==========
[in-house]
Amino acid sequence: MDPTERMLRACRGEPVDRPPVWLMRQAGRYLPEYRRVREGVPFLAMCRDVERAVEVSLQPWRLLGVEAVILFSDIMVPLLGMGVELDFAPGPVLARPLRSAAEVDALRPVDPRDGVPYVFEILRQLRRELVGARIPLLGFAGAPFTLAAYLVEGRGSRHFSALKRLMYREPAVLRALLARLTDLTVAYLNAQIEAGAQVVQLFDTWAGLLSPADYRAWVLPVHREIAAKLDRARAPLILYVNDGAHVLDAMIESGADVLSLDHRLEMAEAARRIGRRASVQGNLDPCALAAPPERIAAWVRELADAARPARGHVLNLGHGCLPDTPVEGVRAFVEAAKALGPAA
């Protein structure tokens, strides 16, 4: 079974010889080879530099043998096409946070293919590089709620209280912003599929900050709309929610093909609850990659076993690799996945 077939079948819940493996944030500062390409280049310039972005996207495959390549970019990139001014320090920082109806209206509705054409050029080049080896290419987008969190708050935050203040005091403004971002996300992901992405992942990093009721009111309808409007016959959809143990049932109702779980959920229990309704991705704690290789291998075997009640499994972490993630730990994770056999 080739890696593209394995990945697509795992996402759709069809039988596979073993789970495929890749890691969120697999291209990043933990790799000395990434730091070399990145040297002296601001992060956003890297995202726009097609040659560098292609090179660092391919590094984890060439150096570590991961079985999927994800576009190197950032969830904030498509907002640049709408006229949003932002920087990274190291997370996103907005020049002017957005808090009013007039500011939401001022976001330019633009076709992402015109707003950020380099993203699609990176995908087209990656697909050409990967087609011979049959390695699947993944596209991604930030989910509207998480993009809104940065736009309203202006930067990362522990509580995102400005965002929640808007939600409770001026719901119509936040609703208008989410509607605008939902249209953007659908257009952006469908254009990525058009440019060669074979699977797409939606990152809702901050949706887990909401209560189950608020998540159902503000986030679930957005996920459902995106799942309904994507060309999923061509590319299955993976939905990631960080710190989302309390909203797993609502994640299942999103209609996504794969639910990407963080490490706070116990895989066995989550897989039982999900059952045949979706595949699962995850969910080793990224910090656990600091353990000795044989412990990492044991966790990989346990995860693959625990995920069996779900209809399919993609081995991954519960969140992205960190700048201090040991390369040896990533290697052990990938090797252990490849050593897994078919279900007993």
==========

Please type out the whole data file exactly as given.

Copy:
[in-house]
Amino acid sequence: MDPTERMLRACRGEPVDRPPVWLMRQAGRYLPEYRRVREGVPFLAMCRDVERAVEVSLQPWRLLGVEAVILFSDIMVPLLGMGVELDFAPGPVLARPLRSAAEVDALRPVDPRDGVPYVFEILRQLRRELVGARIPLLGFAGAPFTLAAYLVEGRGSRHFSALKRLMYREPAVLRALLARLTDLTVAYLNAQIEAGAQVVQLFDTWAGLLSPADYRAWVLPVHREIAAKLDRARAPLILYVNDGAHVLDAMIESGADVLSLDHRLEMAEAARRIGRRASVQGNLDPCALAAPPERIAAWVRELADAARPARGHVLNLGHGCLPDTPVEGVRAFVEAAKALGPAA
């Protein structure tokens, strides 16, 4: 079974010889080879530099043998096409946070293919590089709620209280912003599929900050709309929610093909609850990659076993690799996945 077939079948819940493996944030500062390409280049310039972005996207495959390549970019990139001014320090920082109806209206509705054409050029080049080896290419987008969190708050935050203040005091403004971002996300992901992405992942990093009721009111309808409007016959959809143990049932109702779980959920229990309704991705704690290789291998075997009640499994972490993630730990994770056999 080739890696593209394995990945697509795992996402759709069809039988596979073993789970495929890749890691969120697999291209990043933990790799000395990434730091070399990145040297002296601001992060956003890297995202726009097609040659560098292609090179660092391919590094984890060439150096570590991961079985999927994800576009190197950032969830904030498509907002640049709408006229949003932002920087990274190291997370996103907005020049002017957005808090009013007039500011939401001022976001330019633009076709992402015109707003950020380099993203699609990176995908087209990656697909050409990967087609011979049959390695699947993944596209991604930030989910509207998480993009809104940065736009309203202006930067990362522990509580995102400005965002929640808007939600409770001026719901119509936040609703208008989410509607605008939902249209953007659908257009952006469908254009990525058009440019060669074979699977797409939606990152809702901050949706887990909401209560189950608020998540159902503000986030679930957005996920459902995106799942309904994507060309999923061509590319299955993976939905990631960080710190989302309390909203797993609502994640299942999103209609996504794969639910990407963080490490706070116990895989066995989550897989039982999900059952045949979706595949699962995850969910080793990224910090656990600091353990000795044989412990990492044991966790990989346990995860693959625990995920069996779900209809399919993609081995991954519960969140992205960190700048201090040991390369040896990533290697052990990938090797252990490849050593897994078919279900007993």